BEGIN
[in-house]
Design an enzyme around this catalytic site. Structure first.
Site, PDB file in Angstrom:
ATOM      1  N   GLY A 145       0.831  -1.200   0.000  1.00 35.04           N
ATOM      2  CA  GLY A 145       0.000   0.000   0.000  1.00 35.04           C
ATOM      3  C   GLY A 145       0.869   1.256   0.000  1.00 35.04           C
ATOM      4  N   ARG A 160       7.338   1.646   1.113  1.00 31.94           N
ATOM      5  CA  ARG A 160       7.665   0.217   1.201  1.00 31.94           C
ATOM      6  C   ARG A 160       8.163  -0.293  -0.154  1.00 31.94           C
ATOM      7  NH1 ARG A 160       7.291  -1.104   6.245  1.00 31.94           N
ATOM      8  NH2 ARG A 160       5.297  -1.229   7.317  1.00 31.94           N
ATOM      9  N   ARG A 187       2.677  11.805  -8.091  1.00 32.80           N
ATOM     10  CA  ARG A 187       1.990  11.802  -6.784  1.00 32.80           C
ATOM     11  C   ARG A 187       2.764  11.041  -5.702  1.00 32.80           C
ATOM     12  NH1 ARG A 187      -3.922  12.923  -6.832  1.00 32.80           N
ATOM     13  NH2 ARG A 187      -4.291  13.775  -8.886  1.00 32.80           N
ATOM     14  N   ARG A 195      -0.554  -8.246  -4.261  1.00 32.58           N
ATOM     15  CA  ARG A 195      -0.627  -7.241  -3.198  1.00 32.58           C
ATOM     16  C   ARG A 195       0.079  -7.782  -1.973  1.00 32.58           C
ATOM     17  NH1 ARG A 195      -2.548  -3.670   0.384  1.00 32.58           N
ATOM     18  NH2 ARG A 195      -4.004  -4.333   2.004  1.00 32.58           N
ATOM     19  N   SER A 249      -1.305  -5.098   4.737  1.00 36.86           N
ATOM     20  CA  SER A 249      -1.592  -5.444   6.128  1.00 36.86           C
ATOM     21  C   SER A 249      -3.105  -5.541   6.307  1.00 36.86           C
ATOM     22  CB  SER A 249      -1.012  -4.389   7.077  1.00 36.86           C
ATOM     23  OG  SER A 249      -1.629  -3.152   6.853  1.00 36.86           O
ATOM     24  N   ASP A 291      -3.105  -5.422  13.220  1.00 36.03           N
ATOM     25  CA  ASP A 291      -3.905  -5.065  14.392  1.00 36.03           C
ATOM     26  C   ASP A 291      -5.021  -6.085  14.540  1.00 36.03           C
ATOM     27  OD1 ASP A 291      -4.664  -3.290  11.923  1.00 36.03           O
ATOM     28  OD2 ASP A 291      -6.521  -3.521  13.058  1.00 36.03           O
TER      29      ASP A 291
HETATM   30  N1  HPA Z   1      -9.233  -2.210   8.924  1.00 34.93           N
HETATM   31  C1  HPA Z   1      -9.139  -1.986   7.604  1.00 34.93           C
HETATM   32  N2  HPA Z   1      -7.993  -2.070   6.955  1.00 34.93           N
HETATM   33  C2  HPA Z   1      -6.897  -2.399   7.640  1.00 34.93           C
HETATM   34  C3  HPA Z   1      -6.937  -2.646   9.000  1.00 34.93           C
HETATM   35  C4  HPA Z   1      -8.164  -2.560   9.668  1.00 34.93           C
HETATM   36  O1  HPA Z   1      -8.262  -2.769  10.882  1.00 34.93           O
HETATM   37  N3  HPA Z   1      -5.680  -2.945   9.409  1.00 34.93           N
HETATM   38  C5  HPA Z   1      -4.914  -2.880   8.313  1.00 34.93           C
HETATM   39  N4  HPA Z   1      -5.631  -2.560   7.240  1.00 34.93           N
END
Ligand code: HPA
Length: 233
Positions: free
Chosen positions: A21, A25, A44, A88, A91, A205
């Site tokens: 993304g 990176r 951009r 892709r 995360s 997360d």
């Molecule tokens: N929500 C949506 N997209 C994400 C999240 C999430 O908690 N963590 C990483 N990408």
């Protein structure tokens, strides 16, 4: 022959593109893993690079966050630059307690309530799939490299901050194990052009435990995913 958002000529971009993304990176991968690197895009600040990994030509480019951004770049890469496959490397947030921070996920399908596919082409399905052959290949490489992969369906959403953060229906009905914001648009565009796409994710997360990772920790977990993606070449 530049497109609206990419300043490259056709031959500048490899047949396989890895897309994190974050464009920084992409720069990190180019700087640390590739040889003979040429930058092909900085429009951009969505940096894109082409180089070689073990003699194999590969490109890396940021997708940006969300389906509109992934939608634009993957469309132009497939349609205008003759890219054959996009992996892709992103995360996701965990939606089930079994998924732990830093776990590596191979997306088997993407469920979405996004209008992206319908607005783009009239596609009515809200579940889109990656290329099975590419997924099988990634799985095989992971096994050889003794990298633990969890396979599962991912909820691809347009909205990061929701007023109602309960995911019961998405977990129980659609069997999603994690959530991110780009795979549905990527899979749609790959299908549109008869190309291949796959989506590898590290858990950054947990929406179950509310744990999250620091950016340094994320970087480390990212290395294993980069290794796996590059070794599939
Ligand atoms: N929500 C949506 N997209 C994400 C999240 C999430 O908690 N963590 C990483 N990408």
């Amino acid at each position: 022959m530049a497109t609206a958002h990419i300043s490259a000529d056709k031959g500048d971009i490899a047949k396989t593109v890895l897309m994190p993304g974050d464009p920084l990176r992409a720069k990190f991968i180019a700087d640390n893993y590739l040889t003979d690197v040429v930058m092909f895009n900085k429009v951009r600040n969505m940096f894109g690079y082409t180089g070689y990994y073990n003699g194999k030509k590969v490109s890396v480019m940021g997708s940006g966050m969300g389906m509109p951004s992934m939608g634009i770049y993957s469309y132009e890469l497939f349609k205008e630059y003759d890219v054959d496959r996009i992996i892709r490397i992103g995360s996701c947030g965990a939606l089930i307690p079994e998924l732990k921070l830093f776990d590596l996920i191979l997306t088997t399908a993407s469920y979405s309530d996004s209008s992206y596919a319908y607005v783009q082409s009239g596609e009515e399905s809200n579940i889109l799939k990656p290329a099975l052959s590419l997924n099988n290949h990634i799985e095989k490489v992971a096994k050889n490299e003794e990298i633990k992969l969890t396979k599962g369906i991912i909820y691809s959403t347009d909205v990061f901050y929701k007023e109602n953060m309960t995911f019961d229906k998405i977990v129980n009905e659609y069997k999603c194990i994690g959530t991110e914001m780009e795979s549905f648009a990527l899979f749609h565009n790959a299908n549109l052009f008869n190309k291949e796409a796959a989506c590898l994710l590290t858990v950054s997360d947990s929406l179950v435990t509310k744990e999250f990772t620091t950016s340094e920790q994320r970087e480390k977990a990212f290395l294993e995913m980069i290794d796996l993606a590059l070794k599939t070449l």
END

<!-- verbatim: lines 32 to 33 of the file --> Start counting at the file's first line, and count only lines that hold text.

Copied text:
TER      29      ASP A 291
HETATM   30  N1  HPA Z   1      -9.233  -2.210   8.924  1.00 34.93           N